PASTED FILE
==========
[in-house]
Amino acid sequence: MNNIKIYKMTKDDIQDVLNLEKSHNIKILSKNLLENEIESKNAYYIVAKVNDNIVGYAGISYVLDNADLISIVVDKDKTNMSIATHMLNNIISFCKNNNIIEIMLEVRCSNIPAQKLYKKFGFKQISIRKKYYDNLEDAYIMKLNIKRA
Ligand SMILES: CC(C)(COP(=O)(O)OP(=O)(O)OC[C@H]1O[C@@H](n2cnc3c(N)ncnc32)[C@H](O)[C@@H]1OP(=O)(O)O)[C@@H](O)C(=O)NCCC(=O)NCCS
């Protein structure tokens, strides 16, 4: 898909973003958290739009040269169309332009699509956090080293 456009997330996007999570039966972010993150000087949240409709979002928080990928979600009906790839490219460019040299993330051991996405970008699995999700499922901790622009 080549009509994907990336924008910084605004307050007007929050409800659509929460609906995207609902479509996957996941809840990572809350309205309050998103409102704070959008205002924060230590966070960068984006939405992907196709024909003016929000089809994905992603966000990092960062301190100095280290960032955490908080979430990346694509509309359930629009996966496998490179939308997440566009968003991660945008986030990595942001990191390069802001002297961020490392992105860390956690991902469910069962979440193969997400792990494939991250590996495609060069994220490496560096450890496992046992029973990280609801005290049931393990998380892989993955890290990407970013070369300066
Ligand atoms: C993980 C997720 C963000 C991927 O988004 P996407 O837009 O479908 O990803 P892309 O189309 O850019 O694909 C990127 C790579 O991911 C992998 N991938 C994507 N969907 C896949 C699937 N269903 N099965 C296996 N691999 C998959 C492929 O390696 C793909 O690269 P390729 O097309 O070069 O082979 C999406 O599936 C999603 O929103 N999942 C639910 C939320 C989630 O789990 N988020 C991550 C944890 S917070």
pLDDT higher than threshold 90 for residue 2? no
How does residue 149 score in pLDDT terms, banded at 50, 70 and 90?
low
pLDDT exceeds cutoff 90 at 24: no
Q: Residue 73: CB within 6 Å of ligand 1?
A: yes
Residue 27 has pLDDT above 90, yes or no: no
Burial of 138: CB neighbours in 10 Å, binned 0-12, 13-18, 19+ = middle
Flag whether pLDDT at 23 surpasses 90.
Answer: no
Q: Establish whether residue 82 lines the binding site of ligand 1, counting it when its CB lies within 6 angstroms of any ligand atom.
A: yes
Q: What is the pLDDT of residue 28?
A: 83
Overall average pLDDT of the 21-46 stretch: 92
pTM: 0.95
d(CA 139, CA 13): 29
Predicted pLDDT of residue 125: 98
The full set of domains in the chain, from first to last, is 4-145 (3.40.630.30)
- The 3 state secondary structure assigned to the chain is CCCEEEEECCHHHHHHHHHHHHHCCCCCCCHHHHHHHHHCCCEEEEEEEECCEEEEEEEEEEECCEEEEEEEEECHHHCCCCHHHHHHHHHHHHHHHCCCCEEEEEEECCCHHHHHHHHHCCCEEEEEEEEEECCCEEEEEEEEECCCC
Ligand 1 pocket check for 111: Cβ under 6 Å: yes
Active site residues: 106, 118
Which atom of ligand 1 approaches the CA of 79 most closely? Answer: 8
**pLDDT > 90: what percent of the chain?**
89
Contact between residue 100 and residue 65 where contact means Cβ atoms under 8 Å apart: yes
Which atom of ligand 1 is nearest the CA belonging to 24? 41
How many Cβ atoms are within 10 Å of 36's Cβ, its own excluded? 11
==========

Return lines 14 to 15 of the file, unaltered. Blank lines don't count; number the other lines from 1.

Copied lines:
Flag whether pLDDT at 23 surpasses 90.
Answer: no